A Comparative Study Of The Irish Potato Famine Migration And The Modern Hispanic Migration

932 Words Nov 5th, 2015 4 Pages
A Comparative Study of the Irish Potato Famine Migration and the Modern Hispanic Migration

There is no doubt that the Irish Potato Famine of the 1800’s and the recent Hispanic Migration movement are the two most influential mass migrations to the United States. People in the millions left their homes voluntarily to cross international borders in search of economic and social opportunity in an industrialized America, where the minorities were gradually becoming represented in politics and gaining benefits and jobs that these poor agriculturally-based labourers would have not received in their home countries. The Irish and Hispanic migrants similarly received anti-immigrant sentiments from the native born United States citizens that would affect their legacy as foreign-born in America. Despite similar pull factors and their economical impact, the Irish and the Hispanics differ when it comes to their lasting social influence on the host country as well as the impacts on their home countries resulting from their mass migrations.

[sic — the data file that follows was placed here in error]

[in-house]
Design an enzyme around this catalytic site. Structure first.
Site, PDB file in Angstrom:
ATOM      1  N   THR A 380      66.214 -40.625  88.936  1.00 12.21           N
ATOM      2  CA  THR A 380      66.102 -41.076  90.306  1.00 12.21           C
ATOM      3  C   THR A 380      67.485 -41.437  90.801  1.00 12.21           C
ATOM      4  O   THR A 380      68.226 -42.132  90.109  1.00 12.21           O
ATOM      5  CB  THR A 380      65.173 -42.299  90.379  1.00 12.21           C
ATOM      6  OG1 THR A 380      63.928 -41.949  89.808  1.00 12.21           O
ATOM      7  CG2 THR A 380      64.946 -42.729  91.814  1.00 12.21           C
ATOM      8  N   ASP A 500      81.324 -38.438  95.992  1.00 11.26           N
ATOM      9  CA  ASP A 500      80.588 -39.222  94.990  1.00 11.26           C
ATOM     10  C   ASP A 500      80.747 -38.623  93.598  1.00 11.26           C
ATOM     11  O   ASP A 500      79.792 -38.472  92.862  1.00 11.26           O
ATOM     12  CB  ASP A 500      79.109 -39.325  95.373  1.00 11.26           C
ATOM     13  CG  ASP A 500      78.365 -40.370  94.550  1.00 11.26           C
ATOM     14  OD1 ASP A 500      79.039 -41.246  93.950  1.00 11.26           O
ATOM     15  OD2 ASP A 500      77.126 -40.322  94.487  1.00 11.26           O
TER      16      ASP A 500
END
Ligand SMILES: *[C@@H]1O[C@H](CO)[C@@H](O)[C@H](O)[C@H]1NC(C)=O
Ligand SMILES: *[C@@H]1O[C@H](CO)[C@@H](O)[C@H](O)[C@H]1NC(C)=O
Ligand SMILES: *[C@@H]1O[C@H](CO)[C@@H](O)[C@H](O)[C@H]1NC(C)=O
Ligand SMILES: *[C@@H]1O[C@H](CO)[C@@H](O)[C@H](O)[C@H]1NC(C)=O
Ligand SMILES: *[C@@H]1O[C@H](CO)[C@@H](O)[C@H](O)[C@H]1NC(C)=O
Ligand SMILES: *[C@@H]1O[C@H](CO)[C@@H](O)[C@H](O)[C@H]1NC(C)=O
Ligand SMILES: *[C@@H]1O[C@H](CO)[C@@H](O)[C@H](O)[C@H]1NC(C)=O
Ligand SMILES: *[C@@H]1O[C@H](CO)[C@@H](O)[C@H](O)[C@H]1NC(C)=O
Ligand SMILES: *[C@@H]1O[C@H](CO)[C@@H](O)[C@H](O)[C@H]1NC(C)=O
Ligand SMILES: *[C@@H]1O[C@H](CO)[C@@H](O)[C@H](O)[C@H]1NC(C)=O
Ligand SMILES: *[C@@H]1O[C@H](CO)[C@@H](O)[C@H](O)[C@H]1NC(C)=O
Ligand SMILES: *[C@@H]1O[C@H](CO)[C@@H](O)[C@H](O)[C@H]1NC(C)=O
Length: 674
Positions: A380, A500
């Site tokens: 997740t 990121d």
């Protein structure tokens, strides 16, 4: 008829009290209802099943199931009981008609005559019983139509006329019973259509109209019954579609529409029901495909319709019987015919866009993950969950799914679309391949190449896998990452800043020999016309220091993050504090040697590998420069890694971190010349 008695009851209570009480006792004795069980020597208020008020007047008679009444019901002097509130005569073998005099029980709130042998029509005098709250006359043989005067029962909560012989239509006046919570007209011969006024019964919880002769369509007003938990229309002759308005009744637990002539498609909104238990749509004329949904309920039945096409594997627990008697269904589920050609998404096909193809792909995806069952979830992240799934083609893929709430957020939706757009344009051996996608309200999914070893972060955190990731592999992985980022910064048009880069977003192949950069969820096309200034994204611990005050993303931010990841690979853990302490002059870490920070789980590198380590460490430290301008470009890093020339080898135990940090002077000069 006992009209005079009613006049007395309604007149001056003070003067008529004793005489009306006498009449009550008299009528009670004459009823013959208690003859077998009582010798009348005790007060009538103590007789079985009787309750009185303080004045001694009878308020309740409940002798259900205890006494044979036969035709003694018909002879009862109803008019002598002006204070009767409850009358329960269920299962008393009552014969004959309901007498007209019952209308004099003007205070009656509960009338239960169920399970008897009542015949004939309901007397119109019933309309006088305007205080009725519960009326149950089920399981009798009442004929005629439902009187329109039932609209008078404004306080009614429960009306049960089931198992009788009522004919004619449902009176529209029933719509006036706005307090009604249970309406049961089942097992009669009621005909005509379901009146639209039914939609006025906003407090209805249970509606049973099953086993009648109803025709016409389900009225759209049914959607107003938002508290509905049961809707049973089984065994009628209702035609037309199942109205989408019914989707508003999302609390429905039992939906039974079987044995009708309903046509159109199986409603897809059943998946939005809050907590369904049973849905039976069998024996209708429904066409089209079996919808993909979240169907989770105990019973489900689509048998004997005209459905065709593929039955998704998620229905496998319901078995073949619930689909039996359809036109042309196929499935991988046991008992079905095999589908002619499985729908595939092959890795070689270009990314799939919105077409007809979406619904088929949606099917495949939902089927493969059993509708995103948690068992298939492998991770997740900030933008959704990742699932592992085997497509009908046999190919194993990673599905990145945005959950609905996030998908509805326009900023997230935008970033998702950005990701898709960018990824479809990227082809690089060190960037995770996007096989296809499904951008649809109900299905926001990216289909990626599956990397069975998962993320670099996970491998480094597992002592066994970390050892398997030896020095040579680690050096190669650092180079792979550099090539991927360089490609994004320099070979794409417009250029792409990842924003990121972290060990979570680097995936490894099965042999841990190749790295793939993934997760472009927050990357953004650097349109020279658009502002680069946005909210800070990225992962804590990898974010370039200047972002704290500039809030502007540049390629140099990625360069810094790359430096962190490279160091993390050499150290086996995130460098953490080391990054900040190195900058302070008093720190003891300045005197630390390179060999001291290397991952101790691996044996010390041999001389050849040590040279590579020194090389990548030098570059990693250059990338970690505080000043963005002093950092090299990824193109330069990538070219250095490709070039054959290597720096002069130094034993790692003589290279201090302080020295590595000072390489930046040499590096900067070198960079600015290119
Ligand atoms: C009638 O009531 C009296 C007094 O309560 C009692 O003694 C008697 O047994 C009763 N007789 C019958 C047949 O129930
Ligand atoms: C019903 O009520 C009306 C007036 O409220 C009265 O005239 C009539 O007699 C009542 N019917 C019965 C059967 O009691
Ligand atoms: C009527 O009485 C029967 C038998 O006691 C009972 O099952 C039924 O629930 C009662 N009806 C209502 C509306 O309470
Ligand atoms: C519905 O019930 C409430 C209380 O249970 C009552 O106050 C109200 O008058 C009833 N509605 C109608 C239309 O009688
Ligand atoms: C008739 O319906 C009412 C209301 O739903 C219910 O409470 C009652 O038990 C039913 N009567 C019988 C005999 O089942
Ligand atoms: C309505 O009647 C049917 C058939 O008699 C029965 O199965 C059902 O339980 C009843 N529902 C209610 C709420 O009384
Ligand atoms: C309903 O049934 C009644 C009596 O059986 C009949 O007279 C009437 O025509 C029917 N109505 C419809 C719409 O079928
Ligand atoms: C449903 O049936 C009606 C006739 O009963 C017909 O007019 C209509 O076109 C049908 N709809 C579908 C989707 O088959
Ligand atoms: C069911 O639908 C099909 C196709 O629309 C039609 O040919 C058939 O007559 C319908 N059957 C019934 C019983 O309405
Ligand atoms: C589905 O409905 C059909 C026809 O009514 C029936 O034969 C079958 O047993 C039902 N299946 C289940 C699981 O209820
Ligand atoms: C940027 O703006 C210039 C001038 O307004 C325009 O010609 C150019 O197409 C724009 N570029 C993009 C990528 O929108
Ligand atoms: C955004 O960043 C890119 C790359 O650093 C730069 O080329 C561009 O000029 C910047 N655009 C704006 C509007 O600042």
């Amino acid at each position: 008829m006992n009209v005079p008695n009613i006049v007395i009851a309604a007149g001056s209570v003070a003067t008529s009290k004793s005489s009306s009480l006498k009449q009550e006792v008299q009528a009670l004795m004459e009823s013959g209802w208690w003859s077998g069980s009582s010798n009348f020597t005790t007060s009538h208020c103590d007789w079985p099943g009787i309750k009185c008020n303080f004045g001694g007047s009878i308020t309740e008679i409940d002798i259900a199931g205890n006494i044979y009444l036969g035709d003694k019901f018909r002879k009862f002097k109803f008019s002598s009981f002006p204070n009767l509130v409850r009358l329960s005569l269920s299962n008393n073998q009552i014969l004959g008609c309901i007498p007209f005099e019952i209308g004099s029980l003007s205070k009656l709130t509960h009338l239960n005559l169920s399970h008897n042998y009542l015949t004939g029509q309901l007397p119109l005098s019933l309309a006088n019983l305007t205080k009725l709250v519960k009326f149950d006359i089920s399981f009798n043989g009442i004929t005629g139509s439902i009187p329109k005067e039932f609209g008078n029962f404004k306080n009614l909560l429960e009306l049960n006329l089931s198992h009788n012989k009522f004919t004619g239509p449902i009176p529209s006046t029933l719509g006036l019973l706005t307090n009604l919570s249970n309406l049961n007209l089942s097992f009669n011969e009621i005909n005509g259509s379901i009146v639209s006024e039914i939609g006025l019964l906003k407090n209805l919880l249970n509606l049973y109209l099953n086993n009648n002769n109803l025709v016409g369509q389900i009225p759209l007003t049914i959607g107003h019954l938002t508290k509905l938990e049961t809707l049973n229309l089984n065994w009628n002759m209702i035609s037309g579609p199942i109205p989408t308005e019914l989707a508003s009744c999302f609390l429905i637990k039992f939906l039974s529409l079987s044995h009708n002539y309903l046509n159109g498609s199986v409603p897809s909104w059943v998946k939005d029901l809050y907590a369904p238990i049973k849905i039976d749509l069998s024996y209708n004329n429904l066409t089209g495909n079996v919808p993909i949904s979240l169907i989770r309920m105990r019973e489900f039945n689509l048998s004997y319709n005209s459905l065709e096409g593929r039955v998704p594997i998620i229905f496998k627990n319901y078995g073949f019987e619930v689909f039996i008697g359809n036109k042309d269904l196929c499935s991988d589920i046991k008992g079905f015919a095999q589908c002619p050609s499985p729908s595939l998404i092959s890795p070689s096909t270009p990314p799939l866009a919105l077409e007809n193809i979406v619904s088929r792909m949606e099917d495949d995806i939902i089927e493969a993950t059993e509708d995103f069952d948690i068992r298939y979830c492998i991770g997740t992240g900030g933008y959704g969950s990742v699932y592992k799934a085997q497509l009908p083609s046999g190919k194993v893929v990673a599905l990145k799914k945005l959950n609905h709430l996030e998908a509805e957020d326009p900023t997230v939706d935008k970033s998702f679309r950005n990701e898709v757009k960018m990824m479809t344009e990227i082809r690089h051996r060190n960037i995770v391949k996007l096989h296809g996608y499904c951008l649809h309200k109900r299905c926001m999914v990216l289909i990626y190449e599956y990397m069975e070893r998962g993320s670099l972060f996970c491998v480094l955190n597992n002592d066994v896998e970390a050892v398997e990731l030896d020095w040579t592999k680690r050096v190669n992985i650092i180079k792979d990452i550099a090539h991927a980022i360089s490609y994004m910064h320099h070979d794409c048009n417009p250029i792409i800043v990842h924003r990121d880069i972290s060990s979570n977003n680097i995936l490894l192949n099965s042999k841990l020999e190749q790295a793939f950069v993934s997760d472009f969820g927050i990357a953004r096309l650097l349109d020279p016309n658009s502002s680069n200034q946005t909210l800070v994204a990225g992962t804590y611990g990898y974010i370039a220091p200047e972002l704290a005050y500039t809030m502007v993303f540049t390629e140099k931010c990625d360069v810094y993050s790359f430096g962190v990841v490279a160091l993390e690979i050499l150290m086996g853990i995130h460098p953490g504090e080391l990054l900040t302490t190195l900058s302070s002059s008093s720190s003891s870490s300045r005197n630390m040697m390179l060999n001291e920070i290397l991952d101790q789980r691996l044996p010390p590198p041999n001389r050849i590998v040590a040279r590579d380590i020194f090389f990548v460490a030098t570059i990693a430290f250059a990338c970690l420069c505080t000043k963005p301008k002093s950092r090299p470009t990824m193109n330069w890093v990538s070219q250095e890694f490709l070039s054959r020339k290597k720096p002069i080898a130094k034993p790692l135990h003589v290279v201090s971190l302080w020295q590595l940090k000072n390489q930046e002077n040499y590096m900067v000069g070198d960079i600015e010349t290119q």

To understand the similarities and differences between the two migratory phenomenon’s, the historical timeline of events leading up to the migration must be analyzed and understood. Beginning in the early nineteenth century, America experienced the Industrial Revolution, where industry booming and therefore the demand for labour was higher than it had been in recent years. However, the nineteenth century was not simply a time of prosperity; across the…

Related Documents